The Hotel Royal haikyo is the grand-daddy of all love hotels, streaking 7 empty stories up into the big blue sky, a giant vermillion flag on the lakeshore calling out to all and sundry in a mega-watt alto- ‘Need some discreet time alone with your loved one? Come on down!’
I couldn`t find out any historical information about this haikyo, and I doubt there is anything much to be found. It probably went up in the last 10 years, came down in the last 5, and for the most part passed unremarked in the life of the area. It just seems like a bad idea, for several reasons. First off, it`s basically a classy love hotel, across 7 floors with around 35 rooms of varying sizes, all of them decorated in a unique manner- some of them a bit wacky, most fairly plain. It`s in a quiet area, on a road far from the nearest train station, overlooking a peaceful lake.
So who was the target audience? Young people looking to sow their wild oats in private would unlikely have access to a car, so we can rule most of them out. Couples trying to get away from the kids would be going out of their way to come here, so why not then have a properly classy time in a ryokan, where they could still do any of the deeds a love hotel is famous for. That leaves a third class- married men and women on surreptitious affairs, looking for an out of the way place where they wouldn`t be seen conducting their illicit liaisons. And how many of them could there be? Obviously not enough.
Add to all that- the idea is just tawdry, like Las Vegas without the limbo-ish in-between location or any of the relaxed local laws.
I went to this haikyo with my buddy Geoff- the first time for him, and now the last, since he’s going back to the USA in a week or so. Ah, what a transient place Japan is. The Love Hotels go up and come down, and friends come and go.
There are two types of haikyo really- the old ones and the new ones. The old ones may be anything abandoned for longer than 20 or so years, the new ones for less. They have very different charms- with the old ones you get the creative destruction of Nature rippling through the fabric, but not so much of the just-lived-in feel of the newer ones. But- that feel from the new ones is often not that interesting, because the people in question are only distanced from us by a short time. So, I like the old ones better.
As for this place- it could almost have been closed just a few days ago, for all the chance nature has had to get in. First off, as is my usual style, we cased the place thoroughly front and back.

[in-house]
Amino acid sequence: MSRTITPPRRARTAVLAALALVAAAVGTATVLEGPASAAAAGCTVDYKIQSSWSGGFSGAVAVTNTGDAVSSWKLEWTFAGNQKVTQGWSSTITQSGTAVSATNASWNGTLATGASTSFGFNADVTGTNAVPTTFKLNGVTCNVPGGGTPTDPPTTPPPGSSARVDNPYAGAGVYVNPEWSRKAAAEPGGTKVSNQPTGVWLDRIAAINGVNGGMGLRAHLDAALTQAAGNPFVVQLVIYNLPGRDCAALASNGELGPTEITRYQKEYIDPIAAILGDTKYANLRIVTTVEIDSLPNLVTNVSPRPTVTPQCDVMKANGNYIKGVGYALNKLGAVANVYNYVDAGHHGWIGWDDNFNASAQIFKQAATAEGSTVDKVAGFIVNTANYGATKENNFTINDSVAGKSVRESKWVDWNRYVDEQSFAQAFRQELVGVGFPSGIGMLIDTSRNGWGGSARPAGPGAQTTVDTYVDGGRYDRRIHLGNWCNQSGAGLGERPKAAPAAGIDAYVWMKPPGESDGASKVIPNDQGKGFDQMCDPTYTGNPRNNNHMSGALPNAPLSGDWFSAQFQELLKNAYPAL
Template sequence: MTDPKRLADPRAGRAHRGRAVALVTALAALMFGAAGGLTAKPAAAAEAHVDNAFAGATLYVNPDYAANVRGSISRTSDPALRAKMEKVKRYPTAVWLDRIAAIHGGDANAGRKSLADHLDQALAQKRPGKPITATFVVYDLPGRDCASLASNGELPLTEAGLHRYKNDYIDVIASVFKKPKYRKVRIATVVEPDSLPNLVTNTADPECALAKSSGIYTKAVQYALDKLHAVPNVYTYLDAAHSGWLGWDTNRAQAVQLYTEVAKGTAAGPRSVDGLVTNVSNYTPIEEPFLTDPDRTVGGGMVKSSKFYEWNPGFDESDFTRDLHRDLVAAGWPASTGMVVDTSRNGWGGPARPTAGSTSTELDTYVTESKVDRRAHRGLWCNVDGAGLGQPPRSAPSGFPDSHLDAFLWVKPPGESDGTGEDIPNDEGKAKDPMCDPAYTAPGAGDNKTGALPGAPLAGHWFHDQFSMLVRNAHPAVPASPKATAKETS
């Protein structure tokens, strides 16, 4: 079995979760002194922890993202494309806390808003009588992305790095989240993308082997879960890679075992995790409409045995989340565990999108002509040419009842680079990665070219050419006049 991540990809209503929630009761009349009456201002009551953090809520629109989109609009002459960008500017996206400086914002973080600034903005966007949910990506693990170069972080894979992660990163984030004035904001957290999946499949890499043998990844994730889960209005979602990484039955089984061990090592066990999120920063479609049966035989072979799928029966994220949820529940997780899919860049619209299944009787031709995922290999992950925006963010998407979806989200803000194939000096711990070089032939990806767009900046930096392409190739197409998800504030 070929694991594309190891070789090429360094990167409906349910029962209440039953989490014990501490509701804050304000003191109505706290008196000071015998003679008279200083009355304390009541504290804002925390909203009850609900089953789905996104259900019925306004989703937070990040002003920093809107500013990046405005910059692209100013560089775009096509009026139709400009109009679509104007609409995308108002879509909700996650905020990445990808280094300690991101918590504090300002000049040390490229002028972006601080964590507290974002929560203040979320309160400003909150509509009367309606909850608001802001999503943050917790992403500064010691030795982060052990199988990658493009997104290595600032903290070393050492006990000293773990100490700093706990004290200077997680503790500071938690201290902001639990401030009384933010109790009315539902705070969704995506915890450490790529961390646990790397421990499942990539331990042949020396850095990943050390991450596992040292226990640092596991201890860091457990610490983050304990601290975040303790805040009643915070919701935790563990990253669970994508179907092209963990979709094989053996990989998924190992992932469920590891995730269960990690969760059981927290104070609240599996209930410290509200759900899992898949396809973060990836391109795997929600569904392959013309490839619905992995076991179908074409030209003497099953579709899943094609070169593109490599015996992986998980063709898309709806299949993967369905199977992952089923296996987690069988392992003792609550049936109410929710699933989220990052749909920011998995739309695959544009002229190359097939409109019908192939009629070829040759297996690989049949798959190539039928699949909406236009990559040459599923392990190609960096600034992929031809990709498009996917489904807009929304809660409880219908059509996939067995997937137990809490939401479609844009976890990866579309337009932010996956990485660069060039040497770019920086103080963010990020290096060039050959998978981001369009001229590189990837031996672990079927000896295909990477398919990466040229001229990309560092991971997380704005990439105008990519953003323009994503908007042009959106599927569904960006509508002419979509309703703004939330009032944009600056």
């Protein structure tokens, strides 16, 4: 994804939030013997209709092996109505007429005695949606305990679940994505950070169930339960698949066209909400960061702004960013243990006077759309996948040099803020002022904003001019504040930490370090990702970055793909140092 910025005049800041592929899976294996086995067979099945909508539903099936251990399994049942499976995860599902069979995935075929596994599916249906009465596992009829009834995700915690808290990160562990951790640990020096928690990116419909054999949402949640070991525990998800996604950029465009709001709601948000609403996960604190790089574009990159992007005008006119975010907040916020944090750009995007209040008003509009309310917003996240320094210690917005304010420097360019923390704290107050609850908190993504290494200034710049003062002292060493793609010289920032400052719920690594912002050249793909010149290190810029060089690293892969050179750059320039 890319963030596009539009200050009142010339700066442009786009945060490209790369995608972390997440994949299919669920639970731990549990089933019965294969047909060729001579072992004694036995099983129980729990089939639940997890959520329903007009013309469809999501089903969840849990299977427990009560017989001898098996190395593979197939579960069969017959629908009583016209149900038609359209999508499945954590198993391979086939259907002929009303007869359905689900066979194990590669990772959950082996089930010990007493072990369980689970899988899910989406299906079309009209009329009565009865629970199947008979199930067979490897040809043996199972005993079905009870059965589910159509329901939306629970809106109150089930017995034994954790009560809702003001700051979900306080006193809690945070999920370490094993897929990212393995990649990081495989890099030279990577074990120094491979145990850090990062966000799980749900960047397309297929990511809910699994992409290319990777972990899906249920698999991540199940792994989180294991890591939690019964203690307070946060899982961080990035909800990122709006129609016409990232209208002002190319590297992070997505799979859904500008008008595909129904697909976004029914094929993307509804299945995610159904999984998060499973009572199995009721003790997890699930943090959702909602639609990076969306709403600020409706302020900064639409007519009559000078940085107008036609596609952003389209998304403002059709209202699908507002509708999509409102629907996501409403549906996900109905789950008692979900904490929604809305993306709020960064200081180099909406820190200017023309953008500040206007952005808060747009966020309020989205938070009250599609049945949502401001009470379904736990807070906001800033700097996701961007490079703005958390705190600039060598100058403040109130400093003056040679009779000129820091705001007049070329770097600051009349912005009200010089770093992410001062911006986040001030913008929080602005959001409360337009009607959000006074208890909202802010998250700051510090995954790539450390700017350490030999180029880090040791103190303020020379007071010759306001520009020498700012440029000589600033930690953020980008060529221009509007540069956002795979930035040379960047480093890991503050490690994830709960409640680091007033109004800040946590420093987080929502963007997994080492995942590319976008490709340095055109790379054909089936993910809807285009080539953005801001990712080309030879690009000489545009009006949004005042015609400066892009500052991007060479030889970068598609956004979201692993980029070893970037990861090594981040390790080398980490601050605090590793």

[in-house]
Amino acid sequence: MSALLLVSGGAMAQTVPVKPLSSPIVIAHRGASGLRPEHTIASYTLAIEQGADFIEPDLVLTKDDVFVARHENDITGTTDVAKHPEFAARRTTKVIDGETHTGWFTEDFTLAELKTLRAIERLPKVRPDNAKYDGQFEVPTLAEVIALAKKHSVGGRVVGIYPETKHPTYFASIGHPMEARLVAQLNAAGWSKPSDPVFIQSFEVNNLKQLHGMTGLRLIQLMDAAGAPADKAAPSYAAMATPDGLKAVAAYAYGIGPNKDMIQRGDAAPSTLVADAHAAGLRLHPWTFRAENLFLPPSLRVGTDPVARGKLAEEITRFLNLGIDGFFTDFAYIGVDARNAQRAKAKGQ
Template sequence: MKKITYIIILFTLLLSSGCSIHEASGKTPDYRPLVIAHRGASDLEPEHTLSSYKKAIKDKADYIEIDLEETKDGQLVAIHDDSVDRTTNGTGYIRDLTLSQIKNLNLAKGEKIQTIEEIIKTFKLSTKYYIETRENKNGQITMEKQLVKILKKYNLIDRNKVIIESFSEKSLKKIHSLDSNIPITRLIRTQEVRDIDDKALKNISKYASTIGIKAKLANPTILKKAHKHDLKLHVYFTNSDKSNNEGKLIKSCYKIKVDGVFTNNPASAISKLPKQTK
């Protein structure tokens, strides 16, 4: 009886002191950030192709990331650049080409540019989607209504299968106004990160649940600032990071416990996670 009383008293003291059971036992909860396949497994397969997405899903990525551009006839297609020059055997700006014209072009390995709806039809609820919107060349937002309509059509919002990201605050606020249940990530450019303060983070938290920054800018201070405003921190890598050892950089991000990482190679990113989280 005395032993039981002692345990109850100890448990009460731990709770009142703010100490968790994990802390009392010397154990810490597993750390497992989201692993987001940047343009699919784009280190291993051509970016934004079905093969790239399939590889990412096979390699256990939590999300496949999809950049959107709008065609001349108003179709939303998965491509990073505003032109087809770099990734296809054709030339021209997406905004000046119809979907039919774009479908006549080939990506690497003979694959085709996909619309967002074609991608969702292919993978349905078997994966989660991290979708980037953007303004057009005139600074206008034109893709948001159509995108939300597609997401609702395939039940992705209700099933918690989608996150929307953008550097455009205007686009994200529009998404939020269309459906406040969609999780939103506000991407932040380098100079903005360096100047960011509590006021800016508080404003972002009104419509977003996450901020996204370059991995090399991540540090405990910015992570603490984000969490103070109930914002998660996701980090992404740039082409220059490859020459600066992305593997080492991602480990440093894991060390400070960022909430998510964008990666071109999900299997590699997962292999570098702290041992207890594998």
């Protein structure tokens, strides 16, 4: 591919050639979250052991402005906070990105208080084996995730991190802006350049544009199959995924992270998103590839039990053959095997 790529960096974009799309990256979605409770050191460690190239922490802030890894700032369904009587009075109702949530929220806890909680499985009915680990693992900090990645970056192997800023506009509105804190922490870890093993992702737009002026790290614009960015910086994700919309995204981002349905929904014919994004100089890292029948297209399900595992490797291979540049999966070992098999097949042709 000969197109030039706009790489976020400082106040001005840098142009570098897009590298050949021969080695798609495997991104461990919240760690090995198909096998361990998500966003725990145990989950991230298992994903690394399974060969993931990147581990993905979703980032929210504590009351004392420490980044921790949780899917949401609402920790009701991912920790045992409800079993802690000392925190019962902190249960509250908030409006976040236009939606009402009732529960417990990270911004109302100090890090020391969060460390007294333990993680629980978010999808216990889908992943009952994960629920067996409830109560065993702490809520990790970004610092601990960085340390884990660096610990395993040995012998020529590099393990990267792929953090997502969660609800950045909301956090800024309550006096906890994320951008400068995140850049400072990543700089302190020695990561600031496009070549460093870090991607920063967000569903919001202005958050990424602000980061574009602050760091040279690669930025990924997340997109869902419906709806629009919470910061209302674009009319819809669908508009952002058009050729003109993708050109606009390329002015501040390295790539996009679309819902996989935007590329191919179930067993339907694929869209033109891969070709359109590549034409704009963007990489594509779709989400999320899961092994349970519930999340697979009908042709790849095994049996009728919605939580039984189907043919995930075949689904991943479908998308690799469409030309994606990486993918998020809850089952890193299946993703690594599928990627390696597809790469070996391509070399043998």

Out back there were steps down to a utilities/generator room, which was filled with pipes and engines more tired and overwrought than any other part of the structure. Were they perhaps overclocking?
Back up the steps and behind the kitchen were a bunch of old arcade machines, and these tarred gloves, left to ‘dry’ on a rusted shelving unit.
Entering the place was remarkably easy, all the doors were open, so we breezed right in. The kitchen was just a junked up kitchen, stuff lying all over the place. Through the door and down the hall was the lobby- pitch black inside.
This is how you choose your room in a Love Hotel- there’s a whole board of these photos of each room. You choose the one you like- then tell it to the attendant, who is in a walled-off booth with normally only their hands showing. Discreet. Of course we went to 701, though it was less impressive without the LED rings lit up.
We went on to the second floor, me snapping photos, Geoff pausing to examine the remainders of life to backwards-engineer the hotel’s last few moments.
At an ash-tray: Look at this, 3 butts, all facing different angles- looks like 3 different people, maybe the same 3 who had the final 3 drinks in the lobby?
In a room filled with porn and bits of food: Look at the date on this cheese receipt, only 2 years ago, you think it was closed then, or this was from a homeless person?
It was weird how the place had been neither overtaken by Nature nor yet vandalized. A few rooms had had fire extinguishers let off in them, and one or two had broken windows, but for the most part every room looked like it must have the day the place closed down. Not a wreck, just bed sheets slightly rumpled, bits of trash in the trash cans.
Between the first and second floors was a cool fire-safety chute.
Geoff climbed up it halfway, then came back down and we just took the stairs- we only had one flashlight and it was pitch black inside.
In the corner room on each floor the bathroom was illuminated with a bright blue light.
The top floor was a big function area, maybe 2 large dining rooms with their own kitchen. Now a bunch of junk was lying around- video cassettes, books, manga, TV’s.
We couldn’t get onto the roof, the way was blocked by a solid metal door, but out the side of the top floor kitchen there was a mini balcony, and I could get this shot of one of the regal R’s:
And that was it, really. Geoff and I walked the long way to the next station in the gathering dark, having a good final chat about real and heavy stuff. There was another haikyo I wanted to see nearby- Sun Hills- but it was far too dark, and would have to wait for a second trip out.
Entry – Simple, all open doors.
Highlights – Geoff Sherlock Holmes-ing everything, top floor, fire chute, just-vacated vibe.
Source- Thanks a lot to Brian at gaijinbash.com for telling me about this place, and its location.
RUINS / HAIKYO
You can see all MJG’s Ruins / Haikyo explorations here:
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